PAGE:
by Gavin W. Kleespies, Director of Programs, Exhibitions and Community Partnerships, and Sarah Bertulli, Public Programs Coordinator
This fall, the MHS will offer a series of programs that explore the complex history of public and affordable housing in Boston. These programs will bring together scholars, tenants, and administrators to examine Boston’s housing story and connect the public with lesser known histories of grassroots neighborhood renewal; community stewardship; and cooperation between residents, government, and private entities.
The planning process for this new series has been educational. We have been working with a project scholar, Lawrence Vale from MIT, and an advisory group that includes representatives from The Joint Center for Housing Studies, Harvard Graduate School of Design, Dudley Square Neighborhood Initiative, the National Public Housing Museum, Fenway CDC, and Everyday Boston, among others, to develop the programs.
Boston has been home to a series of innovative approaches to public and affordable housing, even while dealing with a range of challenges such as segregation, white flight, urban renewal, and gentrification. Perhaps the lowest point in Boston’s housing history was in 1979. This is when the Boston Housing Authority’s 62 public housing sites were placed in receivership after the agency was sued by tenants who described inhumane conditions and racial discrimination. Beyond being a painful moment in Boston’s history, it is also the story that highlighted housing inadequacies in the city and spurred innovations to give communities’ control. New community organizations and a reorganized Boston Housing Authority have been important in metro Boston’s recovery from the challenges it faced in the 1970s and 1980s. The series will revisit the history along with the stories of community empowerment and successful government intervention that are often left out of the narrative.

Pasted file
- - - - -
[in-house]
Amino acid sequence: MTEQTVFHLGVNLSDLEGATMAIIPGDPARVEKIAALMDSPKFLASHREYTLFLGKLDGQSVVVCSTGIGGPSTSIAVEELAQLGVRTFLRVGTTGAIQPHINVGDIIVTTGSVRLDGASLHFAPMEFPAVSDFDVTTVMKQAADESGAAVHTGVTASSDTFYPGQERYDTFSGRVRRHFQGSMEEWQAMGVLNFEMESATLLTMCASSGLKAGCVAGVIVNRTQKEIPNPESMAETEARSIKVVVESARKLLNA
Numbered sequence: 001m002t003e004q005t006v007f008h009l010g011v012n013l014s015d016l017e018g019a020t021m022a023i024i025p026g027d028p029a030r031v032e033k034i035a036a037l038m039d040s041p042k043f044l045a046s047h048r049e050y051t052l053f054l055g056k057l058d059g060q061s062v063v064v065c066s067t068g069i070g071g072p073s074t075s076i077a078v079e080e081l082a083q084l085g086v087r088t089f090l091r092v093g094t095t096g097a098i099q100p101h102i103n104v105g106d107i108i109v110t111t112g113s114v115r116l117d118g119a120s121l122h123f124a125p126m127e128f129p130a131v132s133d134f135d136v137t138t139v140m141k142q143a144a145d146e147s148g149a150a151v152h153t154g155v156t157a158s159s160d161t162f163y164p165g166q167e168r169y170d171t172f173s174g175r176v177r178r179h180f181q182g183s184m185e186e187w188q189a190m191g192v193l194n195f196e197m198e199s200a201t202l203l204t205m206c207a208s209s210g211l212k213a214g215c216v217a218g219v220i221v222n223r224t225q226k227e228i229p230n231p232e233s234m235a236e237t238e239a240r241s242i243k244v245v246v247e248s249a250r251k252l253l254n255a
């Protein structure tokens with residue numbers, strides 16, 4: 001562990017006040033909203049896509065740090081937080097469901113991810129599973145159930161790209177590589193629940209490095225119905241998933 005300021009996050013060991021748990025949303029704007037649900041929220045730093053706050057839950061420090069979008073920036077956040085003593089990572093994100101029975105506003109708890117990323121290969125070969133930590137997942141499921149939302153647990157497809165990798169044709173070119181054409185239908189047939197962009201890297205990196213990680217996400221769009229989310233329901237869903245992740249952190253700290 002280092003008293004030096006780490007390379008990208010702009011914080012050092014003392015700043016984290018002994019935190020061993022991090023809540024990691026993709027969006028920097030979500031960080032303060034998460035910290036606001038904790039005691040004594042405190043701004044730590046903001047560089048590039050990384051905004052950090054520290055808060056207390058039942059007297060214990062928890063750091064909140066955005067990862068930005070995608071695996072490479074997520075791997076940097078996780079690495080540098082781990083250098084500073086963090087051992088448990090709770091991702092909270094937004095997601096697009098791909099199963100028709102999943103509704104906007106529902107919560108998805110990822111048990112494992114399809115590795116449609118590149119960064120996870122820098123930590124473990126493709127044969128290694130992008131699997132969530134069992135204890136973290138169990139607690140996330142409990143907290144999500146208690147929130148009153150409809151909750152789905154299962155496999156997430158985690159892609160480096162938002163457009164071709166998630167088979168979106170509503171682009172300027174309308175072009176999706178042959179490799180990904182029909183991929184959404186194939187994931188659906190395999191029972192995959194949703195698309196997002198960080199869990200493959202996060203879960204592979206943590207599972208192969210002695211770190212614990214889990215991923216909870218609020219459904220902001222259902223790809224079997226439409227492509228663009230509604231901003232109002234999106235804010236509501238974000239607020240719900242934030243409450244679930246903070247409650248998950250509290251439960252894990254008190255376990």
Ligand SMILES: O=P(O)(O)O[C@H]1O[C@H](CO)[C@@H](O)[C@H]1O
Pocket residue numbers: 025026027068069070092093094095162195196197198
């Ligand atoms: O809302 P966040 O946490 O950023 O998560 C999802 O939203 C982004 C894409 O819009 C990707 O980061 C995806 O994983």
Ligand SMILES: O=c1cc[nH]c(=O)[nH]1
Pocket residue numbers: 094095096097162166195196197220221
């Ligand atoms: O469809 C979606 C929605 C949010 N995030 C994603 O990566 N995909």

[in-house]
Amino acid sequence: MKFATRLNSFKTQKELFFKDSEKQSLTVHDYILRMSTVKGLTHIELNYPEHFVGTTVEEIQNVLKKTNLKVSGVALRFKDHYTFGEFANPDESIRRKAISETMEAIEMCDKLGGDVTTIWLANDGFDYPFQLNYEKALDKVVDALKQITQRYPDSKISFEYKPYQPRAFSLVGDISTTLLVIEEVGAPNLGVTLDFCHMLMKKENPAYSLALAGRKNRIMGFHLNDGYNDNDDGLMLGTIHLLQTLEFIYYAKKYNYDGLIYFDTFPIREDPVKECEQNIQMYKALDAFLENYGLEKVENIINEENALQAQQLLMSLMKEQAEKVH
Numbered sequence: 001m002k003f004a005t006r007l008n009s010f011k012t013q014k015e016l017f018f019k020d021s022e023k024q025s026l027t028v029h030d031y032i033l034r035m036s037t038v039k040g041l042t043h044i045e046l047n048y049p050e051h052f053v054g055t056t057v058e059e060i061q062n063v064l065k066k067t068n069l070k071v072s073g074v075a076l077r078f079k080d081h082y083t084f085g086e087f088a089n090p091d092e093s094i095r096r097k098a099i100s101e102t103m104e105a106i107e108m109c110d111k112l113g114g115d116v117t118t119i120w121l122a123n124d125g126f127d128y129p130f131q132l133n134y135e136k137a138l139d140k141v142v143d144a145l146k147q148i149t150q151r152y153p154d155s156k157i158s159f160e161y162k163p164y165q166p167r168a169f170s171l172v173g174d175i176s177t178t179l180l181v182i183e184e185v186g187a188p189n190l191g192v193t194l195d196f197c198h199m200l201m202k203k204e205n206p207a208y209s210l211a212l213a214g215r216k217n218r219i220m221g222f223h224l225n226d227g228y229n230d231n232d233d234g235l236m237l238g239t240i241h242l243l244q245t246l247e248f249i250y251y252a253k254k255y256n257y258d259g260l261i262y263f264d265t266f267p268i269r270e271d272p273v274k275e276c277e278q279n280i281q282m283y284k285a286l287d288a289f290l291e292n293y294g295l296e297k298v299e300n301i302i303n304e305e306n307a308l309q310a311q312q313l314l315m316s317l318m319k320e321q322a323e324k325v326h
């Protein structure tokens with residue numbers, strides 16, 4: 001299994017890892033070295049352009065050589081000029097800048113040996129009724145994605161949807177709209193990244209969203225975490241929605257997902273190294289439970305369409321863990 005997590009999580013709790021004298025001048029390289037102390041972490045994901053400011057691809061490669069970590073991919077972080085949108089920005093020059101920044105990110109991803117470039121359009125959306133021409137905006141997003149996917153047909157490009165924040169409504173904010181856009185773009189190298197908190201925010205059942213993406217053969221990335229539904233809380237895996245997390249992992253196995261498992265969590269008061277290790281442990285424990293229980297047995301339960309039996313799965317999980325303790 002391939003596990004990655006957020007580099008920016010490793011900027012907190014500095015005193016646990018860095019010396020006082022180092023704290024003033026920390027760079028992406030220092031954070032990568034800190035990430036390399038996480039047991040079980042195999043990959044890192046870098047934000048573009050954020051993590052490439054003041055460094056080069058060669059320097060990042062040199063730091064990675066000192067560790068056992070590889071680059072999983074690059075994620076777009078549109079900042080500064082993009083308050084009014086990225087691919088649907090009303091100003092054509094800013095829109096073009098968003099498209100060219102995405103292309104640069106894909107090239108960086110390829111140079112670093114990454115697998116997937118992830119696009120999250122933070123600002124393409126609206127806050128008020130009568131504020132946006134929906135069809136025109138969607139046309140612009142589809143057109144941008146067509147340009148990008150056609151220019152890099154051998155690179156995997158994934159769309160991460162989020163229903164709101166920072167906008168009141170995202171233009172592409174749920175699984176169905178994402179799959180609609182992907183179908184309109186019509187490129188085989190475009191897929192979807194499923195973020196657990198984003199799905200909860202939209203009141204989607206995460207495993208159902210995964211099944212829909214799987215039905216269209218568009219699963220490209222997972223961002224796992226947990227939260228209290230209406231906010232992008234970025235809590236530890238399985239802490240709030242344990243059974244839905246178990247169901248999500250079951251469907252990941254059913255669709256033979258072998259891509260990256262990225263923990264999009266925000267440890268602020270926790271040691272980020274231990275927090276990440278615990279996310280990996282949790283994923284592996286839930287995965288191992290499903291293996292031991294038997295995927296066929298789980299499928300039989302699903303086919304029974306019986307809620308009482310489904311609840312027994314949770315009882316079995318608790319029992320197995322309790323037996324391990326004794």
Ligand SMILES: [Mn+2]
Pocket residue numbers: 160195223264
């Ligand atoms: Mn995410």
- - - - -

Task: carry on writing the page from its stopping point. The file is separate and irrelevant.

The first three programs will focus on six housing developments that have varied and rich histories: Columbia Point and Commonwealth housing projects, Villa Victoria and Fenway CDC, Dudley Square Neighborhood Initiative and Orchard Park housing project. These particular projects were chosen with the help of our advisory group. Residents will be invited to participate as panelists. As well, we plan to conduct a series of interviews to start off each program with voices from the neighborhood. In addition to populating the panels, we are working with partner organizations to identify branch libraries or community centers that may be appropriate sites for these discussions.
The final panel in the series will explore the outlook for Boston housing and impart takeaways from the city’s past successes and missteps. It will synthesize what we have learned and bring the discussion to the present state of housing in the area. While greater Boston is facing soaring real estate prices today, it is important to understand the times when this would have seemed impossible. We will explore how an area with a rapidly declining population and a scourge of vacant property has changed to one that is now challenged by the social disruption of gentrification.
Mark your calendar for the Housing as History: The Story of Public and Affordable Housing in Boston series! Programs will take place on 2 October. 16 October, 13 November, and 20 November. Registration will open in mid-August.